What’s the best way to build your vocabulary? Why is it a good idea to do so? 

ANSWER: First, keep a vocabulary notebook. Jot down every unfamiliar word that you encounter, look it up in a reliable dictionary, and copy down its definition. Commit it to memory. Try to make it yours. Second, read a book on vocabulary building. At LawProse, we recommend these:

  • Charles Harrington Elster, Verbal Advantage (2000).
  • Wilfred Funk & Norman Lewis, 30 Days to a More Powerful ...
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Garner’s Usage Tip of the Day: solely.

Like “only,” this word is sometimes misplaced syntactically — e.g.: “Orick said that although the educational programs are sponsored by Purdue University, they are not solely related [read ‘related solely’] to preservation of agricultural farmlands.” Welton W. Harris II, “Land-Use Plan Sessions Scheduled,” Indianapolis News, 2 Dec. 1997, Metro N. §, at 1.

Also, the word is fairly frequently misspelled *"soley" — e.g.: “Since playing basketball as a freshman, Prentiss has concentrated soley [read ‘solely’] on softball.” John Hines, “Buffaloes Figure ...

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Garner’s Usage Tip of the Day: solecism.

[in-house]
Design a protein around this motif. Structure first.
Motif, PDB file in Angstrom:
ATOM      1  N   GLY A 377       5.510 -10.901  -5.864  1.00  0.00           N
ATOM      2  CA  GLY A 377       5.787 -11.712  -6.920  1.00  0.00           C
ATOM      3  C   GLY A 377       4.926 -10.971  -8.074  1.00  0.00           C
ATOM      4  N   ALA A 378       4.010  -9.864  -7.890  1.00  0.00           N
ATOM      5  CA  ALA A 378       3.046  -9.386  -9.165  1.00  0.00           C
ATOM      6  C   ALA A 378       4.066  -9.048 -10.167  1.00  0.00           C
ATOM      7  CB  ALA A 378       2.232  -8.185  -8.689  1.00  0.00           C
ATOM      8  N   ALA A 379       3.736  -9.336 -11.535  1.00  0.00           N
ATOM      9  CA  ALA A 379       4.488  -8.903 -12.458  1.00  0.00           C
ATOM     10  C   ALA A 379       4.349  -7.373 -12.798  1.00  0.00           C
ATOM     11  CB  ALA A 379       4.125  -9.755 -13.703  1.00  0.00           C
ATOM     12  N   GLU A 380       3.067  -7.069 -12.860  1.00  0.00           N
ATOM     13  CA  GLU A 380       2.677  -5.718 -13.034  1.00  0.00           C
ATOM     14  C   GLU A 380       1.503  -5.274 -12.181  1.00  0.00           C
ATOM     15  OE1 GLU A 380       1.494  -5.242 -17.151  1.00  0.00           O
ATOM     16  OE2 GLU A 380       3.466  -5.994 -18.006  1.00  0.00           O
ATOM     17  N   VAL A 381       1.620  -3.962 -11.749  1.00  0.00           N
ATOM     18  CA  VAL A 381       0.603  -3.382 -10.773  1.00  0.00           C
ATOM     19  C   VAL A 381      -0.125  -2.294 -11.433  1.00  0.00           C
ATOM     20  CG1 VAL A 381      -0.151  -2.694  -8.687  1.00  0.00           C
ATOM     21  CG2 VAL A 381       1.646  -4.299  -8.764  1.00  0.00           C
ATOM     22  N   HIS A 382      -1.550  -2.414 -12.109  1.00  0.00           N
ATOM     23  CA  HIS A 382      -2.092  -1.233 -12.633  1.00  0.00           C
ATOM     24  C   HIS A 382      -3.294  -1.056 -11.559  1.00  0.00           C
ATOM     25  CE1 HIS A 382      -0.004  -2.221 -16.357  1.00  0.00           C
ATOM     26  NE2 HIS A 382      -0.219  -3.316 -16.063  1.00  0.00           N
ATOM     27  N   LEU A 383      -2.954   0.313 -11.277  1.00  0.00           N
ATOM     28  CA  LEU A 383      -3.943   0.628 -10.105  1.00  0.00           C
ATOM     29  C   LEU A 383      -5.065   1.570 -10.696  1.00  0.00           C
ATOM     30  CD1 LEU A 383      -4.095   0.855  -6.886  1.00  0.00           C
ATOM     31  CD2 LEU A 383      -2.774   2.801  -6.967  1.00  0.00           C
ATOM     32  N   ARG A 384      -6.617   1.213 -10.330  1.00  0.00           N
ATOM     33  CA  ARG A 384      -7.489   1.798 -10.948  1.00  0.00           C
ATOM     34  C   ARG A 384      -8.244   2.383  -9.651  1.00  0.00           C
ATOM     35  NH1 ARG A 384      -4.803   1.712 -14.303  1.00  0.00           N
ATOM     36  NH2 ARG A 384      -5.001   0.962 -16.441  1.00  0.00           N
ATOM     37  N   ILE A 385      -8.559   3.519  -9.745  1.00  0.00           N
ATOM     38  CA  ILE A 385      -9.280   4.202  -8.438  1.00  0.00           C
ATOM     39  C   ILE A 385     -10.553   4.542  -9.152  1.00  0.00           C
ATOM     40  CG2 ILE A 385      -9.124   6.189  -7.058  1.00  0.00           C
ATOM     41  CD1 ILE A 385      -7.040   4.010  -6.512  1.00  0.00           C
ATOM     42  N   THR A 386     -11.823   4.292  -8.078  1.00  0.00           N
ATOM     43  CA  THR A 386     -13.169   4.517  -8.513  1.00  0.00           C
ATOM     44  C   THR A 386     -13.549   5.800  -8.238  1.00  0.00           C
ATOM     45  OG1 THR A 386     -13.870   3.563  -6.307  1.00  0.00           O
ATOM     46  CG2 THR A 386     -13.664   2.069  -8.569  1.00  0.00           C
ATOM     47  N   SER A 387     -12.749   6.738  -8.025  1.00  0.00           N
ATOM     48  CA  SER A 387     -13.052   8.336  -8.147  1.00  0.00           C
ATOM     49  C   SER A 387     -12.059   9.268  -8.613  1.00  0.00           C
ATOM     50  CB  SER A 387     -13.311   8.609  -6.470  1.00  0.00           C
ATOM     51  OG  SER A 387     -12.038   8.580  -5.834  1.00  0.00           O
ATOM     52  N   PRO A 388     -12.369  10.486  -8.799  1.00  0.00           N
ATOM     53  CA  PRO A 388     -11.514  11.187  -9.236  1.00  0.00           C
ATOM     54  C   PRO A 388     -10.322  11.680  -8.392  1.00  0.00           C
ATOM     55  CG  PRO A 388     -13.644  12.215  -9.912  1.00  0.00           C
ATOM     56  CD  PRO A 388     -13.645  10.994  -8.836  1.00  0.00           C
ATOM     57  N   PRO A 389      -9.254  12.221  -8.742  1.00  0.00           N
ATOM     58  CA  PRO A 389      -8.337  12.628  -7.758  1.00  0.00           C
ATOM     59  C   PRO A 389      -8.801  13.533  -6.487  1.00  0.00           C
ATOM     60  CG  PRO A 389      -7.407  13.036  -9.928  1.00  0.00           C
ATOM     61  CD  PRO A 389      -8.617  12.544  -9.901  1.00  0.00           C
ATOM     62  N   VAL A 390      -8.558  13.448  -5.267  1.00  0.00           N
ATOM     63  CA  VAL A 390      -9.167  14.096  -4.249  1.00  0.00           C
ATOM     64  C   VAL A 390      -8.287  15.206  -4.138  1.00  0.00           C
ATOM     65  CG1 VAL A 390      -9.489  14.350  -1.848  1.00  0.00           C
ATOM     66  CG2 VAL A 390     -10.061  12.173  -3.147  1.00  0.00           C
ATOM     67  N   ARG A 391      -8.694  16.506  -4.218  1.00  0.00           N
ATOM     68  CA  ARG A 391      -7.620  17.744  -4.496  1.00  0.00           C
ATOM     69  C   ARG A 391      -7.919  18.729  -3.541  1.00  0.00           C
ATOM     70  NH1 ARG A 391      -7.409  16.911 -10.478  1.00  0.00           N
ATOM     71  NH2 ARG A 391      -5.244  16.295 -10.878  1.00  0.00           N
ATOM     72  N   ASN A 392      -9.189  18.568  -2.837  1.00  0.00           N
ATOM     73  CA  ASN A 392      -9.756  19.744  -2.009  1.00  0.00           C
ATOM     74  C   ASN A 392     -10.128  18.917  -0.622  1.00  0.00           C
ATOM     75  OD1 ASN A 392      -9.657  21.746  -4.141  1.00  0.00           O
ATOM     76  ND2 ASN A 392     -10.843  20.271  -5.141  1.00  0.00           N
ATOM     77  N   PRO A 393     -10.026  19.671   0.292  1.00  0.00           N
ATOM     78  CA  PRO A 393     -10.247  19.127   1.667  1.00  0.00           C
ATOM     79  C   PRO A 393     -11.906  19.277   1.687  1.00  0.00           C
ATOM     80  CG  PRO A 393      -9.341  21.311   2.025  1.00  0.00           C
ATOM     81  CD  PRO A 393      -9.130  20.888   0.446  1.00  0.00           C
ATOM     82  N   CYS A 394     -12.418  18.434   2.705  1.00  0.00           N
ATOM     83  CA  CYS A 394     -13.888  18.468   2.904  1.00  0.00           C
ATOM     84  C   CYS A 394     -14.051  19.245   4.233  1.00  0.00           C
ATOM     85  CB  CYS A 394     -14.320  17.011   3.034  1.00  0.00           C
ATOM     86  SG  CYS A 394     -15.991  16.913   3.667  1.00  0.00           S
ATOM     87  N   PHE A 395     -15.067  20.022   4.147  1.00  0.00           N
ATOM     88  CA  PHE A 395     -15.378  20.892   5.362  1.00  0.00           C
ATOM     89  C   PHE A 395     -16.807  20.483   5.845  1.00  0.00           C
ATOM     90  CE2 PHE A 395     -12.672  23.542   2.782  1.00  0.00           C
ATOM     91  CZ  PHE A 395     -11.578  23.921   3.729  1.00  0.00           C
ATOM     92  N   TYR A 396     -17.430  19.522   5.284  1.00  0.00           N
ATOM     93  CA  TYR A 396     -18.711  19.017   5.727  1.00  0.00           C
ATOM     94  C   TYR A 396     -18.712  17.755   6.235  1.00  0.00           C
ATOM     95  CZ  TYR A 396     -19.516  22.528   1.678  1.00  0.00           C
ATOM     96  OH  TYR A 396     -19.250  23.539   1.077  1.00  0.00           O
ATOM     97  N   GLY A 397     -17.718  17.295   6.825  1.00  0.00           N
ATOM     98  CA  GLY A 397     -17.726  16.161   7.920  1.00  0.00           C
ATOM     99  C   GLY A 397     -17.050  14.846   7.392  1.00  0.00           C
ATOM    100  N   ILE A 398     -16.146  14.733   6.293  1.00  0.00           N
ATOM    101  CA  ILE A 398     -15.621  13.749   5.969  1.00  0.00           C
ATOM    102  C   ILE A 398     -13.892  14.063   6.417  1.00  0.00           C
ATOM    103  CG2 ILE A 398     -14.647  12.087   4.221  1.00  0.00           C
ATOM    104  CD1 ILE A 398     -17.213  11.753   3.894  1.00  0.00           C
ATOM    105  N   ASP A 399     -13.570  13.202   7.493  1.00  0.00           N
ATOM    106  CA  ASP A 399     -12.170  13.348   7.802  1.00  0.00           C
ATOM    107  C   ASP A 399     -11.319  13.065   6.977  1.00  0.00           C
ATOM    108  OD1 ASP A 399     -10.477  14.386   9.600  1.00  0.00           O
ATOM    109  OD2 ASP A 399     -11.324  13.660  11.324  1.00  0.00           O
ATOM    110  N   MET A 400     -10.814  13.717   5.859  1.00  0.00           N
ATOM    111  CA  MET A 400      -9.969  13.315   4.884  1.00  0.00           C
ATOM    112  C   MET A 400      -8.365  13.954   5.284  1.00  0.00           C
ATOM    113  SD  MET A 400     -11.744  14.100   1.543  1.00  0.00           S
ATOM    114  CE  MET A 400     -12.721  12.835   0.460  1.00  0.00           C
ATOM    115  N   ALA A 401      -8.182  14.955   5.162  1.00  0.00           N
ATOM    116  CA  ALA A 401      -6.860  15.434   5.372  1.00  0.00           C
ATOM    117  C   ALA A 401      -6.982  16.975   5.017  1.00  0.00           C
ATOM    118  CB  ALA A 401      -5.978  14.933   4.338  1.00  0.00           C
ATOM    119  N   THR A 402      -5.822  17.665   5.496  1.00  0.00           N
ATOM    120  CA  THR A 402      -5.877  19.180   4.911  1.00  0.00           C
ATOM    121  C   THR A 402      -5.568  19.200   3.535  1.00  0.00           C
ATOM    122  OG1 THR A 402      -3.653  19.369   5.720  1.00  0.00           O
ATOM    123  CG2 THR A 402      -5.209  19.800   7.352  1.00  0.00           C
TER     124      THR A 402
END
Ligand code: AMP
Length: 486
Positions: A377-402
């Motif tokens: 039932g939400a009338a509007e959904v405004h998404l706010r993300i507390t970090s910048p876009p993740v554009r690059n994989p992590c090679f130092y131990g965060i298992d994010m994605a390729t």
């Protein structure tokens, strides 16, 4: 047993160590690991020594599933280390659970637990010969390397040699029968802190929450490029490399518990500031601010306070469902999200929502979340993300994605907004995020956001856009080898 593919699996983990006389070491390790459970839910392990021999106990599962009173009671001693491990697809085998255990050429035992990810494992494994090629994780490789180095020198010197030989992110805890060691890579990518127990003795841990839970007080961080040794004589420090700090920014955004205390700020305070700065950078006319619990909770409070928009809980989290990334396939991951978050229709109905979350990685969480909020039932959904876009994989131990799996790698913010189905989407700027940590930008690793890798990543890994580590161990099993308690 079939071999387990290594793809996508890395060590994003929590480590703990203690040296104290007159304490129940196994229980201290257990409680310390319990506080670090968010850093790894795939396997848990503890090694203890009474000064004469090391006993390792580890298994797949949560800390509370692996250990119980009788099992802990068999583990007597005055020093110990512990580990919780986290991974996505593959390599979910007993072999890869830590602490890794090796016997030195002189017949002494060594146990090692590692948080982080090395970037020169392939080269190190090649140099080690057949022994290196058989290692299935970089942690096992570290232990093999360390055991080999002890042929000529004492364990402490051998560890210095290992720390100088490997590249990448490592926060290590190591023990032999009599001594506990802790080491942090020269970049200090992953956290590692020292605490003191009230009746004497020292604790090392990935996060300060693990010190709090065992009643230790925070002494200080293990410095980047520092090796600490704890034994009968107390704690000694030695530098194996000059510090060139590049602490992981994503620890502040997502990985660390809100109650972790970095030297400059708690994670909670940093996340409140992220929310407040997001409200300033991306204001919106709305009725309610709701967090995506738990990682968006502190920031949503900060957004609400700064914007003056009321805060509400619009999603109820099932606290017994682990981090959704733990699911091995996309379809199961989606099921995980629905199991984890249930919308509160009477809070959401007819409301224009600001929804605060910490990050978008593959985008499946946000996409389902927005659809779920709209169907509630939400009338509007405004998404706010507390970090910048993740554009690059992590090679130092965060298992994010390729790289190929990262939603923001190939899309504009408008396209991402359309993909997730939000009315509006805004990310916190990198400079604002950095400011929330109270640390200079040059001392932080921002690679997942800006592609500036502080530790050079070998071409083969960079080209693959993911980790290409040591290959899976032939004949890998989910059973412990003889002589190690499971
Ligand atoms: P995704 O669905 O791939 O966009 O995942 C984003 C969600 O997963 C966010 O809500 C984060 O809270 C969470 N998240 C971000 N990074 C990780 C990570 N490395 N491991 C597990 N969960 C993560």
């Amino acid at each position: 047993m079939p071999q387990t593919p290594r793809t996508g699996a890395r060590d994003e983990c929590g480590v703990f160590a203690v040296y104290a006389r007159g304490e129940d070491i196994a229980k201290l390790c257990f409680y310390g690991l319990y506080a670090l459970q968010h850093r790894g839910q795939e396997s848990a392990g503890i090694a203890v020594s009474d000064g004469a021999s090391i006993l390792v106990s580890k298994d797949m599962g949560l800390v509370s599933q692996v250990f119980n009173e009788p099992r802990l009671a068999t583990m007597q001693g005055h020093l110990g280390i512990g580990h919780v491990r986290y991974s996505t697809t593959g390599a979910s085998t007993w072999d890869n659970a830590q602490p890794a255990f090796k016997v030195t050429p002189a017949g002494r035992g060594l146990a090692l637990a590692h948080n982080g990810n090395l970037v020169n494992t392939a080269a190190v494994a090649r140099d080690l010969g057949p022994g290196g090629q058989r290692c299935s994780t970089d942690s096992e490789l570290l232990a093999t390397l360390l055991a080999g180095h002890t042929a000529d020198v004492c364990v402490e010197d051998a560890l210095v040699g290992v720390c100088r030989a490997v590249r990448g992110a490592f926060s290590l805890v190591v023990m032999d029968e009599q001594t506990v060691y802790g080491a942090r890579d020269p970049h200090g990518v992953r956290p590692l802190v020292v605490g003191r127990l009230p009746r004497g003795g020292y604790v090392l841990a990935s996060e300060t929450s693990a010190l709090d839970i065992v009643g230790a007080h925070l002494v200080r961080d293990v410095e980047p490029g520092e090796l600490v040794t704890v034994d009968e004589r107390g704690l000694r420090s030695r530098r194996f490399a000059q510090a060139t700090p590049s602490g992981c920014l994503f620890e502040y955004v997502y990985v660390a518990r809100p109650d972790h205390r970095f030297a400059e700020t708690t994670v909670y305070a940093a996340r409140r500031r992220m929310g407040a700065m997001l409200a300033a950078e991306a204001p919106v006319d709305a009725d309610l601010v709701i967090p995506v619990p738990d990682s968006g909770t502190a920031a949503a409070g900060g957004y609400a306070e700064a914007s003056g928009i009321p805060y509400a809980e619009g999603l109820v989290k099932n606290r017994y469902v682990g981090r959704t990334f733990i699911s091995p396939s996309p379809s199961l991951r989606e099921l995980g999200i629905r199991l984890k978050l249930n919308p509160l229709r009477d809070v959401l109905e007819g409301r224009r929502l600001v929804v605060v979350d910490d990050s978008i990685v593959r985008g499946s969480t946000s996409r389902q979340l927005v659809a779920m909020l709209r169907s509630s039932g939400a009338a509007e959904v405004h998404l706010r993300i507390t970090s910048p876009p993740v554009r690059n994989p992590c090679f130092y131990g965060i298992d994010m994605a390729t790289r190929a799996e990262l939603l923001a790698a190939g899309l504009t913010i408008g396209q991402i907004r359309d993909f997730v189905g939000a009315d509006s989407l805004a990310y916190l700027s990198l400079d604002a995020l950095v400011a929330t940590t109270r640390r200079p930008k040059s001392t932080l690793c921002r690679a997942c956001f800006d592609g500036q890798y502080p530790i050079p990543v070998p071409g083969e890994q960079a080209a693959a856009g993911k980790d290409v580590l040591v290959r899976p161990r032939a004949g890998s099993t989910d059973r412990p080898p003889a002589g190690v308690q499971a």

solecism.

Generally, "solecism" (/SAHL-uh-siz-uhm/) refers to a grammatical or syntactic error, often a gross mistake. E.g.: "I once spoke French well enough to teach in a Marseille lycee — but that was 25 years ago and today I could hardly string two sentences together without committing some gross solecism." Michael Dirda, "The Lingo Kid," Wash. Post, 18 May 1997, Book World §, at 15.

A solecism can also be a social impropriety, especially in British English — e.g.: "'This [feeding fruitcake ...

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Garner’s Usage Tip of the Day: sola topi.

sola topi.

"Sola topi" (= a pith helmet, originating in India, made from the sola plant) is sometimes misspelled *"solar topi" — e.g.:

o "But she kept the English cricketing cap and the solar [read 'sola'] topi." Joan Bridgman, "Mad Dogs, Englishwomen and Nureyev," Contemp. Rev., 1 Apr. 1995, at 213.

o "The most unusual purchase at the Pukka Palace sale was of nine solar [read 'sola'] topis, which went for a bargain price of £20.76 each." Rachel Halliburton, "It Could Be a ...